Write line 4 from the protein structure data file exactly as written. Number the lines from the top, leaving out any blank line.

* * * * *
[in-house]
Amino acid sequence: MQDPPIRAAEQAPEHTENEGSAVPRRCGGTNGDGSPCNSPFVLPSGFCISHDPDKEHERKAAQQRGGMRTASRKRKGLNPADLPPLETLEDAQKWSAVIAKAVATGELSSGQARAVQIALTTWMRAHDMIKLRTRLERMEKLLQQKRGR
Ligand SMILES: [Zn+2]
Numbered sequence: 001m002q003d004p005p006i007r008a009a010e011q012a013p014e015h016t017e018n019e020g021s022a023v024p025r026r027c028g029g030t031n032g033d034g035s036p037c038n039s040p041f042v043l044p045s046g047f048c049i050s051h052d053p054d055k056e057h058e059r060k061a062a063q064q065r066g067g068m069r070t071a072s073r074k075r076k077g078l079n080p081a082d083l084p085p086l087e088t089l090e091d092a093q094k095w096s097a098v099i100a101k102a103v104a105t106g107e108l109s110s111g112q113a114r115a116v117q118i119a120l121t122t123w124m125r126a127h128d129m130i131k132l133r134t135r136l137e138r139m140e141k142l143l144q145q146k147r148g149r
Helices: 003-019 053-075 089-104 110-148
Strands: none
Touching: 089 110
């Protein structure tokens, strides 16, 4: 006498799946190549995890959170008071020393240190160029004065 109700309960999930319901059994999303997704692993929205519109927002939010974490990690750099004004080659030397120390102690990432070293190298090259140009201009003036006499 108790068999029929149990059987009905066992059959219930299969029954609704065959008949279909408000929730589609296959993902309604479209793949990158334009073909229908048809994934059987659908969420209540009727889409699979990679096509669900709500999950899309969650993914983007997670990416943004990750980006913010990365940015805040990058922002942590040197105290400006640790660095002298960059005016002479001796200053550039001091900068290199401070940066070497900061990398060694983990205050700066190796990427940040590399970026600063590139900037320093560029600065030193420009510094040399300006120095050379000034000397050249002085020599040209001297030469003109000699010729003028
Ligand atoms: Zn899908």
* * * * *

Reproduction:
Numbered sequence: 001m002q003d004p005p006i007r008a009a010e011q012a013p014e015h016t017e018n019e020g021s022a023v024p025r026r027c028g029g030t031n032g033d034g035s036p037c038n039s040p041f042v043l044p045s046g047f048c049i050s051h052d053p054d055k056e057h058e059r060k061a062a063q064q065r066g067g068m069r070t071a072s073r074k075r076k077g078l079n080p081a082d083l084p085p086l087e088t089l090e091d092a093q094k095w096s097a098v099i100a101k102a103v104a105t106g107e108l109s110s111g112q113a114r115a116v117q118i119a120l121t122t123w124m125r126a127h128d129m130i131k132l133r134t135r136l137e138r139m140e141k142l143l144q145q146k147r148g149r